Through that wheat field and basically making a trail of dust, just a big old dust cloud as he's running off and was able to follow that dust. And then I was like, I don't see it anymore. I was like, did he go down or did he just turn a little bit and is behind the dust cloud? I was like, I can't tell.

It was like, almost like when you shoot a muzzleloader and you're like, huh, can't tell what's happening after you pull the trigger. But was pretty confident that he was down right there. So we're pretty pumped and then we get down and go over there to him and he was already laying there ready for pictures.

Like I it was pretty funny how he was like, how he died. He literally was propped up perfectly for a picture. I just went up and lifted his head up and was just ecstatic. Tickled to death, killed him on the second set, going after him and playing it really smart. Definitely boogering them too bad and playing that wind and watching that.

That pressure really helped. [00:23:00] Awesome. Yeah, man, that's a heck of a story. Yeah I've been pretty fortunate. I'm trying to think of I've seen my target buck and, not gotten them killed, like seeing them at a distance or something. I'm not sure I've ever had one in shooting range that I was unable.

Get shot and then have to hunt him down again. Man, that's, yeah that's a challenge, cause every time you go in there, you're educating them, especially if you're there when they're there, just that hurts your chances even more. So that's pretty sweet. Yeah, really three encounters with them over the course of one weekend.

That's pretty dang awesome. Yeah. So I was pretty, or so that was, it was a week apart, but, oh, gotcha. I'm sorry. I thought it was the same. Yeah. Definitely helped not messing with it for that week too. Cause like I said, that wheat and stuff has not come up yet. So they really don't have a ton to eat.

And so they just hammer, hammer that corn. But yeah, it was pretty cool. Pretty cool hunting. [00:24:00] I did have to shoot him with the crossbow and I'm not mad about it one bit. I I did want to get a big buck with my bow just because I just got a brand new bow. Yeah, but I do not care one bit that I had to get them with the crossbow because I wouldn't have got them if it was with my compound.

That's for sure. It was the last two minutes of light. And with how quiet it was, there's no way I was going to be able to pull that one off. And I really didn't want to spook them again after spooking them that first time. So it worked out well. That's awesome, man. Yeah. I'm, I think the older I get, the more I get that way.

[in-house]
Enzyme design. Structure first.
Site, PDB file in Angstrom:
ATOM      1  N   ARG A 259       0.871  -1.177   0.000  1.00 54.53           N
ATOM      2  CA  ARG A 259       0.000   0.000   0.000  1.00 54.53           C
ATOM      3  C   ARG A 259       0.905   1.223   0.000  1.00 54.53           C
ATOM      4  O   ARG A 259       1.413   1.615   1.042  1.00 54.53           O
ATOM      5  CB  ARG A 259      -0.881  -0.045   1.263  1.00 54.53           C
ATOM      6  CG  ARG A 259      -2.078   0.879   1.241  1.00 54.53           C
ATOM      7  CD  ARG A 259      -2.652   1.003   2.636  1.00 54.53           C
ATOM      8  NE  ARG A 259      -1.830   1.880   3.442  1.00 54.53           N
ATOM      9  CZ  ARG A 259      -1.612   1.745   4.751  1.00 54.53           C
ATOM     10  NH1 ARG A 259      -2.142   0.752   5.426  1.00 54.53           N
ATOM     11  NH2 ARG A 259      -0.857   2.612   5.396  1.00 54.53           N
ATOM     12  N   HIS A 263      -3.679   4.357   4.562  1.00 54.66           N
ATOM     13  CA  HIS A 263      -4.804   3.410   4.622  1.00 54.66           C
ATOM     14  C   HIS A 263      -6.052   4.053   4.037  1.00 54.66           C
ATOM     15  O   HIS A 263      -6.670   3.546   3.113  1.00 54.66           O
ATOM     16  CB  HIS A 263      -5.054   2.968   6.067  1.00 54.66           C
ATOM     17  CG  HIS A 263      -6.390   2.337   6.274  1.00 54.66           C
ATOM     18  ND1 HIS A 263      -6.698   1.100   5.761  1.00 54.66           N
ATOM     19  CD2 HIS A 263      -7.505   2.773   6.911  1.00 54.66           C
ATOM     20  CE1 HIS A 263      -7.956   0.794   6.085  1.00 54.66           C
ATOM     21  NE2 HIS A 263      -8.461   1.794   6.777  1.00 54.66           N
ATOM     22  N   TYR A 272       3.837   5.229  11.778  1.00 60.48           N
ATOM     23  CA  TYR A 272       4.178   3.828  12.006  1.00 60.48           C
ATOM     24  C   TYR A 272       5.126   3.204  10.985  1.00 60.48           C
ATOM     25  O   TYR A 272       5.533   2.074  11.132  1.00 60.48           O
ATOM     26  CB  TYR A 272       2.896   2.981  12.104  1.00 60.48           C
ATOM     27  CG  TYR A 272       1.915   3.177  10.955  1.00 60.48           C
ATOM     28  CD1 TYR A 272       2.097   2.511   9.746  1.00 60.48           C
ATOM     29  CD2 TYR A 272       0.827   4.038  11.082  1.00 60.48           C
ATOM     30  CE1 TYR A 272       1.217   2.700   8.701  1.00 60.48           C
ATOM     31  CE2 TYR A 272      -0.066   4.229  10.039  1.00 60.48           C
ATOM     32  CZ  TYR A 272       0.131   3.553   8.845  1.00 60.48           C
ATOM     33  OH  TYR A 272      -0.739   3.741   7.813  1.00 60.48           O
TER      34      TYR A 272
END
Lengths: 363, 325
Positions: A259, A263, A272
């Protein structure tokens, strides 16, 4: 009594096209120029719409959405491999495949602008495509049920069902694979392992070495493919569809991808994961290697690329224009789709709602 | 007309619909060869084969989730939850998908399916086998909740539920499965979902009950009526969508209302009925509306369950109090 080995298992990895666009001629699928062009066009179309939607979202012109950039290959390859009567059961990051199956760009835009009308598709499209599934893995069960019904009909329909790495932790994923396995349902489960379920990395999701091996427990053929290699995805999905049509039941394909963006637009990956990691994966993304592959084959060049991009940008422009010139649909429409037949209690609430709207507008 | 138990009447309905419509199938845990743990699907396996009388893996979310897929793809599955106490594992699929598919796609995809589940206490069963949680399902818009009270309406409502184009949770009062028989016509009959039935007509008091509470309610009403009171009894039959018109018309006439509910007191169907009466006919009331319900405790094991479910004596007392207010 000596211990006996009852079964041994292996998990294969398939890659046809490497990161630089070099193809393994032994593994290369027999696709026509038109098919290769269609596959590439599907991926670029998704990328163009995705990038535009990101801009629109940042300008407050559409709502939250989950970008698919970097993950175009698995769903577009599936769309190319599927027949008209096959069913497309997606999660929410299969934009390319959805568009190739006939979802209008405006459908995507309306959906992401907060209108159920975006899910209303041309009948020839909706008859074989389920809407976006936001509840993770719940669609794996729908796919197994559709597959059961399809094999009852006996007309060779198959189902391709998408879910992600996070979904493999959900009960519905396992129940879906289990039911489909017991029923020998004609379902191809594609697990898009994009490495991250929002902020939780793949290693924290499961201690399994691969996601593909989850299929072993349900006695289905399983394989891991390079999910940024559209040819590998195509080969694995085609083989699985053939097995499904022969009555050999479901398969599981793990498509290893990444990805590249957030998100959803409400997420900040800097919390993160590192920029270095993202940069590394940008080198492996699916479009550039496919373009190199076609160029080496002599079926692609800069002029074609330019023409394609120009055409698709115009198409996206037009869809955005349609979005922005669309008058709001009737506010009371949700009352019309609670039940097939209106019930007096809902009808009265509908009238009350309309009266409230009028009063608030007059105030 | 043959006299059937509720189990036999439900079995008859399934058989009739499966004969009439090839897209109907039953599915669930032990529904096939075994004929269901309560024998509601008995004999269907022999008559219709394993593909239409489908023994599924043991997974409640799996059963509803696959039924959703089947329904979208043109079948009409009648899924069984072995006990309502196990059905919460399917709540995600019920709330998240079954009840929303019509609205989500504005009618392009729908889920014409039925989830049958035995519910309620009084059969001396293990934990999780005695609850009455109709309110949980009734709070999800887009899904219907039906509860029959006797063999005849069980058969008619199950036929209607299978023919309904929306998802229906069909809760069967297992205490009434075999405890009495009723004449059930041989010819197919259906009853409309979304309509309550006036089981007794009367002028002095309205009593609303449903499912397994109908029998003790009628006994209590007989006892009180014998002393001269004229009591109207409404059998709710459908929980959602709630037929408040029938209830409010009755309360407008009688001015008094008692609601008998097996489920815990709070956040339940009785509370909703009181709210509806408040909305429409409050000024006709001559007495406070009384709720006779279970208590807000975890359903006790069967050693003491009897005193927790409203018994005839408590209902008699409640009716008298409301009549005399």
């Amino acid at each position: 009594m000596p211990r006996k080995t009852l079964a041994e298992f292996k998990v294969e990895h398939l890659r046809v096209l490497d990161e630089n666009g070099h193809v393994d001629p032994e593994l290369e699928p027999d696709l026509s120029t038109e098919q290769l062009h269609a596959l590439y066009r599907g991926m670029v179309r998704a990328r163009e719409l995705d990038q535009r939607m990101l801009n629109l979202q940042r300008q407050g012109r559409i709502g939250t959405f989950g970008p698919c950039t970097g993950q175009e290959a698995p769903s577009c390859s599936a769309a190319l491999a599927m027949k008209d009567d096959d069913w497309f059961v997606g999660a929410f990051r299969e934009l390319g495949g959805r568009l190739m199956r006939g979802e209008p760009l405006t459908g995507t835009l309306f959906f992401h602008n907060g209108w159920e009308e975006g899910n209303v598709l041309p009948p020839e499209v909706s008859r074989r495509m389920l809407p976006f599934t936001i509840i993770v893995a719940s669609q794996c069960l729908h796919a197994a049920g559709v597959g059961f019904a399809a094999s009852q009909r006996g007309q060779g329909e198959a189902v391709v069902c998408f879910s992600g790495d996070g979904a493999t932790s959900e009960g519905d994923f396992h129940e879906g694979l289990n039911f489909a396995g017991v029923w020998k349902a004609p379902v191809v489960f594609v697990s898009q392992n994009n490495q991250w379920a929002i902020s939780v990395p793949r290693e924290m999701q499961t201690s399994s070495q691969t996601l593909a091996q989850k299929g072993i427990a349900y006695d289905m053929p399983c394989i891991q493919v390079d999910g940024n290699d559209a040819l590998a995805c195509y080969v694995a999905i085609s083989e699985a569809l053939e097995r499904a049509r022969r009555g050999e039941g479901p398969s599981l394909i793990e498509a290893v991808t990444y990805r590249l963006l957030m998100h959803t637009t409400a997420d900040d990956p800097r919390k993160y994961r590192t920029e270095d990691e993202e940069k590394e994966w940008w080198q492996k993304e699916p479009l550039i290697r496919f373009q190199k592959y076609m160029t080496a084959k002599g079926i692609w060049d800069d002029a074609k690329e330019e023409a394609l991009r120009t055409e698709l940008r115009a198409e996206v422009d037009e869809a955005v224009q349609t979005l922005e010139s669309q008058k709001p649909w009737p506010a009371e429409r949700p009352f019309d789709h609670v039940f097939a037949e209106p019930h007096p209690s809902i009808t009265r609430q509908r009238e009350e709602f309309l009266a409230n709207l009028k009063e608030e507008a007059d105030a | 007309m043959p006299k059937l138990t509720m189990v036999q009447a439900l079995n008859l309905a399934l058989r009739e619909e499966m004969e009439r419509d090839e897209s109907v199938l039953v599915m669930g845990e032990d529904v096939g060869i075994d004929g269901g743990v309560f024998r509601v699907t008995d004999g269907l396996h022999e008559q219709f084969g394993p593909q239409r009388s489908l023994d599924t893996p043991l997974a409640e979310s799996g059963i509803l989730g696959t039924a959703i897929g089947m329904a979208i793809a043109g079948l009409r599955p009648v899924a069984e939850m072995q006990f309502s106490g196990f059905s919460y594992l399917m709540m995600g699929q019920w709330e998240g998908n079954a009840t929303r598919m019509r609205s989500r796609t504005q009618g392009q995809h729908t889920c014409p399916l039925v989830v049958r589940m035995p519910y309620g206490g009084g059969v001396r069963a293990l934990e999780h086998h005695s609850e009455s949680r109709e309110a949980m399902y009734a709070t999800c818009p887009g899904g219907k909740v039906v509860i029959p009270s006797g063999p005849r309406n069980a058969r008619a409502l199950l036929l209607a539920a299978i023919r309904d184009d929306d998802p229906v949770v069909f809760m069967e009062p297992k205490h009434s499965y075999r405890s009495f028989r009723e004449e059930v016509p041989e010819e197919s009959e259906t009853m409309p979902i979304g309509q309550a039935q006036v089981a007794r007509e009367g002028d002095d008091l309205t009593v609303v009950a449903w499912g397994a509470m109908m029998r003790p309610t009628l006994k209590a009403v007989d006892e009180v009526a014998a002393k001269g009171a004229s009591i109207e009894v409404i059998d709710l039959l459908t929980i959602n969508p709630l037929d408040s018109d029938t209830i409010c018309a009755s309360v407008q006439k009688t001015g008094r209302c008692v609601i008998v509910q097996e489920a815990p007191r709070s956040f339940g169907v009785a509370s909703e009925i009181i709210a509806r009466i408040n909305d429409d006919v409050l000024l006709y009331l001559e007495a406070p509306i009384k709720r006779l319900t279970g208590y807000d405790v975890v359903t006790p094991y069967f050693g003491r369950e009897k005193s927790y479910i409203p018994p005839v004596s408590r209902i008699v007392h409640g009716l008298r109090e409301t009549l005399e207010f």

Like I used to be like bow only and then started killing some bucks with my bow. Man I enjoy now I love the timing of muzzleloader. That's hard to beat. So I've been muzzleloader hunting more lately and then rifle hunting. Like by the time rifle season comes around, just sitting in a nice warm blind and not having to worry quite as much about like your [00:25:00] wind and being so silent, like I'm usually just ready for a break.

And and man, I just, I love killing deer. And yeah, I feel like a lot of people go the opposite way. Like the older they get, the more hardcore bow, into bow hunting they get because they've killed some deer and it just means more and stuff. But man I just, I like looking at them on the wall.

So I don't blame you one bit. I'm I can't agree more now that I've got quite a few deer under my belt. I'm not out there to do it specifically for the bow. I'm out in the woods because I enjoy to be out in the woods and I don't care what it's going to take at the end of the day to get my target book down.

It's still going to be the same result if I shoot him with a bow or a gun. So getting them down is the most important part. That's right. And I know you you described them a little bit earlier, but describe them real quick for us. How many points, all that good stuff. So he was He's basically a [00:26:00] mainframe 10 with an inside point on his left side, in between his brow and G2 that like just comes straight in.

And then he's got a, about a one inch kicker on his left G2. And then up there at his front, I, like I said, on both sides at the front, he splits, he's got these five inch fours that split at the front on both sides. And so he, I got, I've never seen a deer that had done that before, but he then also has another three or four inch kicker off of his right G2.

And so he's a seven by eight, but the crazy thing about them is since he splits at the front like that. The mass on them is just absolutely ridiculous. So the mass measurement, my fourth mass measurement that should be in between [00:27:00] the three and the four. That was my largest mass measurement out of all four mass measurements.

And I've never shot a deer where. It's been like that, but also it progressively got smaller as I worked my way closer to his bases. So he grew and he grew in mass as he was going out to his beam, which I've never seen before but I thought that was really cool. That is sweet.

That is cool. But yeah, he was seven by seven by eight and I scored him. Gross, obviously at a 163 and three eights and tried to do it, tried to do it as good as I can because I really wanted to make sure I got it right. But yeah, so that puts him at my second biggest buck inch wise ever by a couple inches.

So that's pretty cool. Yeah. Pretty pumped with them. Yeah, man, that's awesome. And I just thought of this [00:28:00] question while we were going through that, and that's why I wanted you to ask him to describe him. Cause I've had people on this podcast who have killed giant deer, you being one of them, a few years ago.